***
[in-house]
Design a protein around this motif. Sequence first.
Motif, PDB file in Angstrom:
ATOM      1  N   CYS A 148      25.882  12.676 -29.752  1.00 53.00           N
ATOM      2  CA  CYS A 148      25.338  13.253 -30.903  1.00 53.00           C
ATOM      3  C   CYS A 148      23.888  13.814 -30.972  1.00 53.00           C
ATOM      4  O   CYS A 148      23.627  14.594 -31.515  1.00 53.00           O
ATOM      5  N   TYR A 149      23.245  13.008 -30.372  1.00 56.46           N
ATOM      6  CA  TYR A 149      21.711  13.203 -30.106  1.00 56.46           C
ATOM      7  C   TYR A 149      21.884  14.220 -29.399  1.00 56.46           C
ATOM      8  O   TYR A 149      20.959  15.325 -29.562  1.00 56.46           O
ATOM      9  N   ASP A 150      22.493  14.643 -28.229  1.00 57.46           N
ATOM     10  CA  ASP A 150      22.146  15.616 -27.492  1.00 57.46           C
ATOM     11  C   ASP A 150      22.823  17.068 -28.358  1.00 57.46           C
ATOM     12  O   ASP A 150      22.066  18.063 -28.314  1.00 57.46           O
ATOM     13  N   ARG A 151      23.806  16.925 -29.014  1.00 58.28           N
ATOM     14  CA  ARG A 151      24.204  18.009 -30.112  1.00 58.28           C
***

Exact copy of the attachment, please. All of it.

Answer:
[in-house]
Design a protein around this motif. Sequence first.
Motif, PDB file in Angstrom:
ATOM      1  N   CYS A 148      25.882  12.676 -29.752  1.00 53.00           N
ATOM      2  CA  CYS A 148      25.338  13.253 -30.903  1.00 53.00           C
ATOM      3  C   CYS A 148      23.888  13.814 -30.972  1.00 53.00           C
ATOM      4  O   CYS A 148      23.627  14.594 -31.515  1.00 53.00           O
ATOM      5  N   TYR A 149      23.245  13.008 -30.372  1.00 56.46           N
ATOM      6  CA  TYR A 149      21.711  13.203 -30.106  1.00 56.46           C
ATOM      7  C   TYR A 149      21.884  14.220 -29.399  1.00 56.46           C
ATOM      8  O   TYR A 149      20.959  15.325 -29.562  1.00 56.46           O
ATOM      9  N   ASP A 150      22.493  14.643 -28.229  1.00 57.46           N
ATOM     10  CA  ASP A 150      22.146  15.616 -27.492  1.00 57.46           C
ATOM     11  C   ASP A 150      22.823  17.068 -28.358  1.00 57.46           C
ATOM     12  O   ASP A 150      22.066  18.063 -28.314  1.00 57.46           O
ATOM     13  N   ARG A 151      23.806  16.925 -29.014  1.00 58.28           N
ATOM     14  CA  ARG A 151      24.204  18.009 -30.112  1.00 58.28           C